Sunday, November 20, 2011

Apple #559: Getting the Wind Knocked Out of You

A week or so ago, a bunch of friends and I were watching a football game. After one play, one of the players was lying on the field not moving for a few moments. It turned out not to be serious, and we speculated that maybe he'd just had the wind knocked out of him. Then we realized we weren't sure what causes that.

What exactly happens when you get the wind knocked out of you?

  • Basically, your diaphragm stops working correctly.
  • Normally, your diaphragm, which is the muscle beneath your lungs, contacts to pull air into your lungs and relaxes to push air out.
Diagram of the diaphragm. This seems the opposite of what you'd expect, but when the diaphragm contracts, the area in your chest enlarges and allows air to rush in. In other words, you inhale. When the diaphragm relaxes, the chest cavity gets smaller, air rushes out, and you exhale.
(Photo from Merck Manuals)

Here's the motion of the diaphragm in a video:

  • The diaphragm is controlled by a bunch of nerve cells called the solar plexus. Medical professionals call this bunch of nerves the celiac plexus.
  • The solar / celiac plexus lives pretty much in the central-most part of you. It's below the xiphoid process, behind the stomach, but in front of the aorta (major artery from the heart). In other words, it's tucked away in that soft spot beneath where your ribs open out.
  • A sudden, strong blow to your solar / celiac plexus shuts off those nerve cells which in turn stuns the diaphragm muscle, and it spasms.
  • I always thought "spasm" meant that a muscle flutters or twitches. Nope. "Spasm" means that a muscle suddenly and involuntarily contracts and stays that way for some time.
  • So, when your diaphragm spasms, that means it zaps into contracted mode and it stays that way. It's stuck in the position that pulls air into your lungs.
  • That's another weird thing about all this because when you get the wind knocked out of you, it feels like you can't get any breath into your lungs, can't inhale. But your diaphragm is stuck in the inhale position.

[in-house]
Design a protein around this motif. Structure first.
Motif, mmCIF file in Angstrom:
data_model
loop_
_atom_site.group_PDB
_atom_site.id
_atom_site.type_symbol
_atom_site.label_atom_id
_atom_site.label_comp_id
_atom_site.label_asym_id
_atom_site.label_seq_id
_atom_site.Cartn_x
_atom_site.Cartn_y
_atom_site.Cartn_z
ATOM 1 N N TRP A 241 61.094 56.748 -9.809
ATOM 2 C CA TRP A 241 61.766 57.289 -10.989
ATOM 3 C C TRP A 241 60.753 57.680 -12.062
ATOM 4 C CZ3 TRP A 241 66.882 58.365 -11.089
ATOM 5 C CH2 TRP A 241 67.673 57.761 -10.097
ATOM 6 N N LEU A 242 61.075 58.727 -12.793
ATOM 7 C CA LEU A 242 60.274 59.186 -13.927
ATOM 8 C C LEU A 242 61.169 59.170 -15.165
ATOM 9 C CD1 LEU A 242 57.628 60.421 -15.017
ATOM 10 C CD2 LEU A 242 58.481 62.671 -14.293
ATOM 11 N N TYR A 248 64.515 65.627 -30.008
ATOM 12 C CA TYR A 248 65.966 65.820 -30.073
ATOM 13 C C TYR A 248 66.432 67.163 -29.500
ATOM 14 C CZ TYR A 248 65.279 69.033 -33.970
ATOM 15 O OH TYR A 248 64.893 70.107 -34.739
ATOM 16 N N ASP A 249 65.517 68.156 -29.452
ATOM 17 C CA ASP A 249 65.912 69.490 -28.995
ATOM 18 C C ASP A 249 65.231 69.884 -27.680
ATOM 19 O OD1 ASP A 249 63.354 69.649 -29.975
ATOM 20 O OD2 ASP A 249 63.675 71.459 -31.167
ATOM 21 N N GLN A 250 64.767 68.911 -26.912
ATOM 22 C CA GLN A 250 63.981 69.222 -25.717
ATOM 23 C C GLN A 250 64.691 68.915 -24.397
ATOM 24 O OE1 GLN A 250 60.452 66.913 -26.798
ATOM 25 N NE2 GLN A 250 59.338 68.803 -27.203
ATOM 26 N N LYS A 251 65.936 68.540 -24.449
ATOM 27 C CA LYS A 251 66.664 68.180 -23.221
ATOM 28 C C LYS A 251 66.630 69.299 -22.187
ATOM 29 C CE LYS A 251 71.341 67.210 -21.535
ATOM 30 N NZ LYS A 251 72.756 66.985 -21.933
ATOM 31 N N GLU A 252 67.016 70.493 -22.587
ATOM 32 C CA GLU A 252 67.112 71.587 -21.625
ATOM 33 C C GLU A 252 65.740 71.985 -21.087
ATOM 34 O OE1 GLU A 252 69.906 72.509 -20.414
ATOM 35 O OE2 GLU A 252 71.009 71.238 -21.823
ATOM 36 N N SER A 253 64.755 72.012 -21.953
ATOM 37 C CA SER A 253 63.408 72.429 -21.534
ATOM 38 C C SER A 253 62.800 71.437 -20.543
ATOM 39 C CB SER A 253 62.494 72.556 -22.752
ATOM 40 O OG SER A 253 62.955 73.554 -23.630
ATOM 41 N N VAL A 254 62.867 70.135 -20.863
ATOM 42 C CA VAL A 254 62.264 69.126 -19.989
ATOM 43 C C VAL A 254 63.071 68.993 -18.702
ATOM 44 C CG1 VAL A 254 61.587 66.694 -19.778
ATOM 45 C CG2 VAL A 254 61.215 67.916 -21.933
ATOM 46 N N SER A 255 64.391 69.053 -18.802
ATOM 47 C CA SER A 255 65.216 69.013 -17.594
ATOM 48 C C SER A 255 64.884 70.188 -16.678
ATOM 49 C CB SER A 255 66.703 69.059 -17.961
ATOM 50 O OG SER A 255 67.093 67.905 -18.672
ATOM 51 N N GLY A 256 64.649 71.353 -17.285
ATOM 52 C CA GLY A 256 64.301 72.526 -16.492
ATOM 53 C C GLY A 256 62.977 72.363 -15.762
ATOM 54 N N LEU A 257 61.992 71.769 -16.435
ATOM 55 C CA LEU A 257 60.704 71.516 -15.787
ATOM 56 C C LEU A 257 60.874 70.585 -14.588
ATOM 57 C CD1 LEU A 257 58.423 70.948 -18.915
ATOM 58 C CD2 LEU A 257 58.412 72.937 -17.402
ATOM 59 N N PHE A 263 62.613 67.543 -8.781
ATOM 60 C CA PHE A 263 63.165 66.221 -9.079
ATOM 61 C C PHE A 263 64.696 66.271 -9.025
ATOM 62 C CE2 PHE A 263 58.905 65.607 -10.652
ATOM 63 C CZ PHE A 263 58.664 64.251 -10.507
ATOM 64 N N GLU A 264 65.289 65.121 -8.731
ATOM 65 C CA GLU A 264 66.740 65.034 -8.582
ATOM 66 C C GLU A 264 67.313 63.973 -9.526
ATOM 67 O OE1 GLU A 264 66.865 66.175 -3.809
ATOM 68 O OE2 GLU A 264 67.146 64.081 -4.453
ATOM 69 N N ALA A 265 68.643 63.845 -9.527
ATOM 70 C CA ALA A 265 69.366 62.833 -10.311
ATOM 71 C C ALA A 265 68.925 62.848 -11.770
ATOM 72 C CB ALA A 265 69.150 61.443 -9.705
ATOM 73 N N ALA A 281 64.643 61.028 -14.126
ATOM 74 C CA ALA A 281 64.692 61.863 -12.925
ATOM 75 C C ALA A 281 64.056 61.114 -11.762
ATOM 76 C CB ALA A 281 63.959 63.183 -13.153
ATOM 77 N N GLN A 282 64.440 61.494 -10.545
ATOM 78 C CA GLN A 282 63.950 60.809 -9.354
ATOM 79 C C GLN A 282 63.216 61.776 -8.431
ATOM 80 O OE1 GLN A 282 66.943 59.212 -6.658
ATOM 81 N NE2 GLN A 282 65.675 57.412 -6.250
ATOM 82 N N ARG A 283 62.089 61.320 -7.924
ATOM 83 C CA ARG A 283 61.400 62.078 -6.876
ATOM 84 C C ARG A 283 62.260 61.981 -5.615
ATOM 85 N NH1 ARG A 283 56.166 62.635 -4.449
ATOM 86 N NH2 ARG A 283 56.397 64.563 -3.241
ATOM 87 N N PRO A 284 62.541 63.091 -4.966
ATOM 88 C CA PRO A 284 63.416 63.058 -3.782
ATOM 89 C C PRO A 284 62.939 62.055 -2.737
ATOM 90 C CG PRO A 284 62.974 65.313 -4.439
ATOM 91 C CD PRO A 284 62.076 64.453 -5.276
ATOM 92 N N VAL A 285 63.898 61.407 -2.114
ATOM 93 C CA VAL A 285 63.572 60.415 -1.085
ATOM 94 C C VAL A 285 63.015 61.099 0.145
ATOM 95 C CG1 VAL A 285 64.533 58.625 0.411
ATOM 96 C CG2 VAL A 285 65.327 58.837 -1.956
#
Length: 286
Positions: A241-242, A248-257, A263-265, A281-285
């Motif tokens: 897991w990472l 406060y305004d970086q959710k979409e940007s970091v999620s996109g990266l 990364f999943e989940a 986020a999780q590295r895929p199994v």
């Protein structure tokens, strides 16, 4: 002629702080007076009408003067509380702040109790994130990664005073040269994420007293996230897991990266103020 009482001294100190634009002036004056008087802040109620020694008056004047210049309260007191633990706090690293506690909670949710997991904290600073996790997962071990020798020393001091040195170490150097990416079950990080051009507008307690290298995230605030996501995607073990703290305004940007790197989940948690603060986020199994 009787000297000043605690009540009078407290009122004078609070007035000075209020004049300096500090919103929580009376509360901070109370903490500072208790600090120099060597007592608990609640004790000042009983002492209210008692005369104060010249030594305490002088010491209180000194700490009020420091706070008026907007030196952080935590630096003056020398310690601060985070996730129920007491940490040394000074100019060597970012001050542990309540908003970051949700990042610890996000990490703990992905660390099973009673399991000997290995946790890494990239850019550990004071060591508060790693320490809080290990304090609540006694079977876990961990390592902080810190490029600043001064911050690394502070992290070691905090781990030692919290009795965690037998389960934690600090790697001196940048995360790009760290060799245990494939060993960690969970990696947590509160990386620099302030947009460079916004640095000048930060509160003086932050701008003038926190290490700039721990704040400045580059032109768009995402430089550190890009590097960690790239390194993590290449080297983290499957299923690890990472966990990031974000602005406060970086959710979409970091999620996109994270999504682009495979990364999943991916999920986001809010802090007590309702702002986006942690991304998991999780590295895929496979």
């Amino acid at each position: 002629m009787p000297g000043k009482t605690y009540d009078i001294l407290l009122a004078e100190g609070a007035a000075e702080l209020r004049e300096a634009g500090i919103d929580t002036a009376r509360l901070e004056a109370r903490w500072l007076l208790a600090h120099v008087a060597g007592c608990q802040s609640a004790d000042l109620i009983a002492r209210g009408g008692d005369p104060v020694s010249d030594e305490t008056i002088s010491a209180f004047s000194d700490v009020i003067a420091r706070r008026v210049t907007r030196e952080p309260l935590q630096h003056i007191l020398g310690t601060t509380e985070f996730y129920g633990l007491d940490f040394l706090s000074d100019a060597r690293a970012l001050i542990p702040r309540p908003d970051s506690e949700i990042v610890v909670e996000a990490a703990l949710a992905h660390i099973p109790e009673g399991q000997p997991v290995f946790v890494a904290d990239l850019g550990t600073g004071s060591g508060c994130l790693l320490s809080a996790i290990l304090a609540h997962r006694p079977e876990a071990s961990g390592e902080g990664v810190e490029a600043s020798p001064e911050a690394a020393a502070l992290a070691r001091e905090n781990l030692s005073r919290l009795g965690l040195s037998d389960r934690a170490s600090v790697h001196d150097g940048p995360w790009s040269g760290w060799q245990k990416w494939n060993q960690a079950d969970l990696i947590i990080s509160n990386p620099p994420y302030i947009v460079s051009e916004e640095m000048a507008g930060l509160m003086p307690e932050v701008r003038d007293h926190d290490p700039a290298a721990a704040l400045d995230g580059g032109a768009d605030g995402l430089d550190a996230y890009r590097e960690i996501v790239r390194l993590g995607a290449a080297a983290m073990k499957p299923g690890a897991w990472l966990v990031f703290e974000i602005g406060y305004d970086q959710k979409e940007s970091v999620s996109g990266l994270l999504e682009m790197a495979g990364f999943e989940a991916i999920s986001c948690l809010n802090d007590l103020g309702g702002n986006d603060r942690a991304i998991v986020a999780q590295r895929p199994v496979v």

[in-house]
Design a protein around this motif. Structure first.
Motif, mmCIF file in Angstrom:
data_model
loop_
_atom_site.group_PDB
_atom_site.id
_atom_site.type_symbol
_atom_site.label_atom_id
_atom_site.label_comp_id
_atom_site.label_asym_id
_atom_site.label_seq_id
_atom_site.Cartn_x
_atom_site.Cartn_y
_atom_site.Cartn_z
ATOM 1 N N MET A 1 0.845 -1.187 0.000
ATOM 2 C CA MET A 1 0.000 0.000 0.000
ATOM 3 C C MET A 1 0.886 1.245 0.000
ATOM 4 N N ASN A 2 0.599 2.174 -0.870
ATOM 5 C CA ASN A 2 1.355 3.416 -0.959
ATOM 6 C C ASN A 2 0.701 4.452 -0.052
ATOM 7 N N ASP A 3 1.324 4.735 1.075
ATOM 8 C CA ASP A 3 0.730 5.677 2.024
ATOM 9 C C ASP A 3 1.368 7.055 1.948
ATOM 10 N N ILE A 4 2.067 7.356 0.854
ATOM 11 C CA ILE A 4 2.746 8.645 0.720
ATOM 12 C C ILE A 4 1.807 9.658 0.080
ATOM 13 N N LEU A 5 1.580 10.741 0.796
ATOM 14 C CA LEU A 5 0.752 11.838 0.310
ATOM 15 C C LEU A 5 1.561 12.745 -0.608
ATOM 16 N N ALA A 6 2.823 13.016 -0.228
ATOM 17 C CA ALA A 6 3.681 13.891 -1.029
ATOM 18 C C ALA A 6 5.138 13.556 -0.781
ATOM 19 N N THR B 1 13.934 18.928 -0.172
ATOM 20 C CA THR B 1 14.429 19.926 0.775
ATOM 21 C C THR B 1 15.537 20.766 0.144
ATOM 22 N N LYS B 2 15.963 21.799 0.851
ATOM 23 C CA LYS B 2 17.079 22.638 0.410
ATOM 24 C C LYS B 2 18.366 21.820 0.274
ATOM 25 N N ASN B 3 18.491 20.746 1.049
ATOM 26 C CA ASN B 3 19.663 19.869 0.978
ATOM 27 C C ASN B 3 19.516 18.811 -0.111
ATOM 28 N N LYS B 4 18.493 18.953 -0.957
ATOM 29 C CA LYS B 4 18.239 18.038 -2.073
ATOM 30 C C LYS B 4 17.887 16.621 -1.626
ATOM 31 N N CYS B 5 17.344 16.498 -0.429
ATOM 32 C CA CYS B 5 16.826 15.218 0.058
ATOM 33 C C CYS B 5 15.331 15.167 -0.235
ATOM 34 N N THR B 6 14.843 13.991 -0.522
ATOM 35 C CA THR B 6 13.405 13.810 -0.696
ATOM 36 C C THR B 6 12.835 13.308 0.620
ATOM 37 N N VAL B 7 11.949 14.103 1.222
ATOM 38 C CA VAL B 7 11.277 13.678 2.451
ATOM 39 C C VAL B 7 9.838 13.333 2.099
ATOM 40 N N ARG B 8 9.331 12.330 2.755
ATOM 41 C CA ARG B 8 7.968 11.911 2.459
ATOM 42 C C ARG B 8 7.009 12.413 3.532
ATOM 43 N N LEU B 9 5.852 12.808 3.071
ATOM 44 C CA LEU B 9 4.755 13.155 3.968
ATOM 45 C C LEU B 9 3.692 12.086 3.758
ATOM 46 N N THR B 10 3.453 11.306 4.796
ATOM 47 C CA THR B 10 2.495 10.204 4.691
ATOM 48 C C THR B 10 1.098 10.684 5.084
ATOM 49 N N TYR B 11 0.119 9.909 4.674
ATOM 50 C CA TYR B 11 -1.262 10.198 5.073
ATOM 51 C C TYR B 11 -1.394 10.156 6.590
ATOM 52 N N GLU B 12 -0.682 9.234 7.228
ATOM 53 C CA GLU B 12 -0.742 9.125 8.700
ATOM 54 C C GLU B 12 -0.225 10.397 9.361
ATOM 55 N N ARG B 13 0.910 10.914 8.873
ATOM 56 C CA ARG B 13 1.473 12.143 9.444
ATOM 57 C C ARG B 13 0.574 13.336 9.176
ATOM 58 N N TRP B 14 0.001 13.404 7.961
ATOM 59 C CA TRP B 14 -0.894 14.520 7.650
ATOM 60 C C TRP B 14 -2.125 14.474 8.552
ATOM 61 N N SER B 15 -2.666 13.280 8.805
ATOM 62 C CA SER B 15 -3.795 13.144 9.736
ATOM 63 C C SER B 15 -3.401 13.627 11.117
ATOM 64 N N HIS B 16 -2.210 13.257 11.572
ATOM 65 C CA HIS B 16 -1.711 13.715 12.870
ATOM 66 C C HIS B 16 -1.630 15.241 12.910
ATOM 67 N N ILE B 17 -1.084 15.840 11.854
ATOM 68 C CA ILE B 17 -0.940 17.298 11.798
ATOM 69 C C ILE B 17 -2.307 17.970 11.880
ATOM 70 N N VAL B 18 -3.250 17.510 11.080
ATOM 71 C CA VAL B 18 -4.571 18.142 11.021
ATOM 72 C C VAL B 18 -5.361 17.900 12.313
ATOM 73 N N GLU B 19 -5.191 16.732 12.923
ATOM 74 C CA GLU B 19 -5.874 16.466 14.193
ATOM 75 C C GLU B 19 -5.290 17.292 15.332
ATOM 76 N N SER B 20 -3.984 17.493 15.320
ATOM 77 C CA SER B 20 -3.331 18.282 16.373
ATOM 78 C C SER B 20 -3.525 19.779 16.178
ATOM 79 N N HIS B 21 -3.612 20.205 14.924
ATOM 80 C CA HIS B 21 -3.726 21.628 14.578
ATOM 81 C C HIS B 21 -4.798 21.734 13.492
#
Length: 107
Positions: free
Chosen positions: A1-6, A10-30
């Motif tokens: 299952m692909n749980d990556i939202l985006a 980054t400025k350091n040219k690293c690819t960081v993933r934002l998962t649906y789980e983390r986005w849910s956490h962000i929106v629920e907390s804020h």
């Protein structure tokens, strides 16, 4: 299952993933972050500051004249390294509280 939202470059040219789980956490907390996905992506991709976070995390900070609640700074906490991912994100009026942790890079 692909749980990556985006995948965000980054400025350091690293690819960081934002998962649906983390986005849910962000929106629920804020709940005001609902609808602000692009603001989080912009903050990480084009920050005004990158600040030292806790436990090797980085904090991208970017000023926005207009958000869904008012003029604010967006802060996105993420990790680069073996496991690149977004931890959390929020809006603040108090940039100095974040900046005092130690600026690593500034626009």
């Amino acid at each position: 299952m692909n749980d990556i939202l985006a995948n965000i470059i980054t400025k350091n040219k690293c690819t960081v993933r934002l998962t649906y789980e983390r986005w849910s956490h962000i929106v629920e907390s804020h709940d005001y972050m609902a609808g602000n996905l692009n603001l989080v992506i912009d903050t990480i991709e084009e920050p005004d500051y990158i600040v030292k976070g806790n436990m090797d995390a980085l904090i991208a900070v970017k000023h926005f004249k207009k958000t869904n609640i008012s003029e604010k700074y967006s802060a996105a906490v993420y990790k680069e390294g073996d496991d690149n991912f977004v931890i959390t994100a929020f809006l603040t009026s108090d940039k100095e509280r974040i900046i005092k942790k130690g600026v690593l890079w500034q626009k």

• But since it's stuck there, it can't contract any farther to bring in more air, nor can it relax to push air out, allowing you to inhale new air. So it feels like you've got no air in there.
  • The only thing to do when you're in this situation is wait for your diaphragm to relax out of its spasm -- which it will do shortly, though when you feel like you can't breathe, "shortly" will seem like a long time.
  • You can help your diaphragm relax by lying on your back, bending your knees and pulling your legs up to your chest.
  • Then take long, slow, calming breaths. As your breathe, concentrate on making the breathing happen. This will help get your diaphragm working again as well as helping you to calm down, and it will also get more oxygen circulating so your whole system will start to feel better.

It happens to animals, too. Here, one cat knocks the wind out of the other.

Nemours, KidsHealth, Getting the Wind Knocked Out of You 
Straight Dope, What happens when the wind gets knocked out of you? and message board on the subject 
Motorcross Action Magazine, Just Breathe: Getting the Wind Knocked Out of You 
SportMedBC, Getting the Wind Knocked Out of You 
Merriam Webster, solar plexus and celiac plexus


  1. Nice apple, never knew that. But let's be honest - you just chost this topic so you could say "diagram of the diaphragm"!

    - Mr. Humbly Suggest

  2. fork stealer11/22/2011 5:11 PM

    Great topic! It also must be possible for this to happen through the nerves in the back- I had the same "wind knocked out" feeling once when I had a painful back spasm in my middle back.

  3. I have to say, I've had the wind knocked out of me, and it's no fun. I fell about 20-30 feet off a kite tube (which has since been recalled from serious injuries and deaths!) Got the wind knocked out of me (and I was in the water so that doesn't help the not being able to breathe/panic factor) bruised a lung too. Ouch.


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